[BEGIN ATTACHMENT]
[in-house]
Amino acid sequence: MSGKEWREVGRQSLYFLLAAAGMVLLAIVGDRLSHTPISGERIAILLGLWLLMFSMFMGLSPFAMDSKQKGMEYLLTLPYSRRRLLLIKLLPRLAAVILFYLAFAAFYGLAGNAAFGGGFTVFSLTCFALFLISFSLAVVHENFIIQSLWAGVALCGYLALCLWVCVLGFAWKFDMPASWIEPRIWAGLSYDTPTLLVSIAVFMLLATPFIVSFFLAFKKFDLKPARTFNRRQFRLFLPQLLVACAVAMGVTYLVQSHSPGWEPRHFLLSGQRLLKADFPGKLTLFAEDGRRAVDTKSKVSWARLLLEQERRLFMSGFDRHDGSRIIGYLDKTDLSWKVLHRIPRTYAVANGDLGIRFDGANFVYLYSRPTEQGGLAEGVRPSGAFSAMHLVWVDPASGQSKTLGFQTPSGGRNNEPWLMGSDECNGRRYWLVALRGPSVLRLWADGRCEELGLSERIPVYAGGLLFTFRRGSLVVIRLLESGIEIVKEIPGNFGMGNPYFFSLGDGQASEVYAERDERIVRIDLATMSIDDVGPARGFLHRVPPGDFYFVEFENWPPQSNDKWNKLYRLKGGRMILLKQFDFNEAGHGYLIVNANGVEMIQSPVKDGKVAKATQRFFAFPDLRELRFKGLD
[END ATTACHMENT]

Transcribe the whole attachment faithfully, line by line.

[in-house]
Amino acid sequence: MSGKEWREVGRQSLYFLLAAAGMVLLAIVGDRLSHTPISGERIAILLGLWLLMFSMFMGLSPFAMDSKQKGMEYLLTLPYSRRRLLLIKLLPRLAAVILFYLAFAAFYGLAGNAAFGGGFTVFSLTCFALFLISFSLAVVHENFIIQSLWAGVALCGYLALCLWVCVLGFAWKFDMPASWIEPRIWAGLSYDTPTLLVSIAVFMLLATPFIVSFFLAFKKFDLKPARTFNRRQFRLFLPQLLVACAVAMGVTYLVQSHSPGWEPRHFLLSGQRLLKADFPGKLTLFAEDGRRAVDTKSKVSWARLLLEQERRLFMSGFDRHDGSRIIGYLDKTDLSWKVLHRIPRTYAVANGDLGIRFDGANFVYLYSRPTEQGGLAEGVRPSGAFSAMHLVWVDPASGQSKTLGFQTPSGGRNNEPWLMGSDECNGRRYWLVALRGPSVLRLWADGRCEELGLSERIPVYAGGLLFTFRRGSLVVIRLLESGIEIVKEIPGNFGMGNPYFFSLGDGQASEVYAERDERIVRIDLATMSIDDVGPARGFLHRVPPGDFYFVEFENWPPQSNDKWNKLYRLKGGRMILLKQFDFNEAGHGYLIVNANGVEMIQSPVKDGKVAKATQRFFAFPDLRELRFKGLD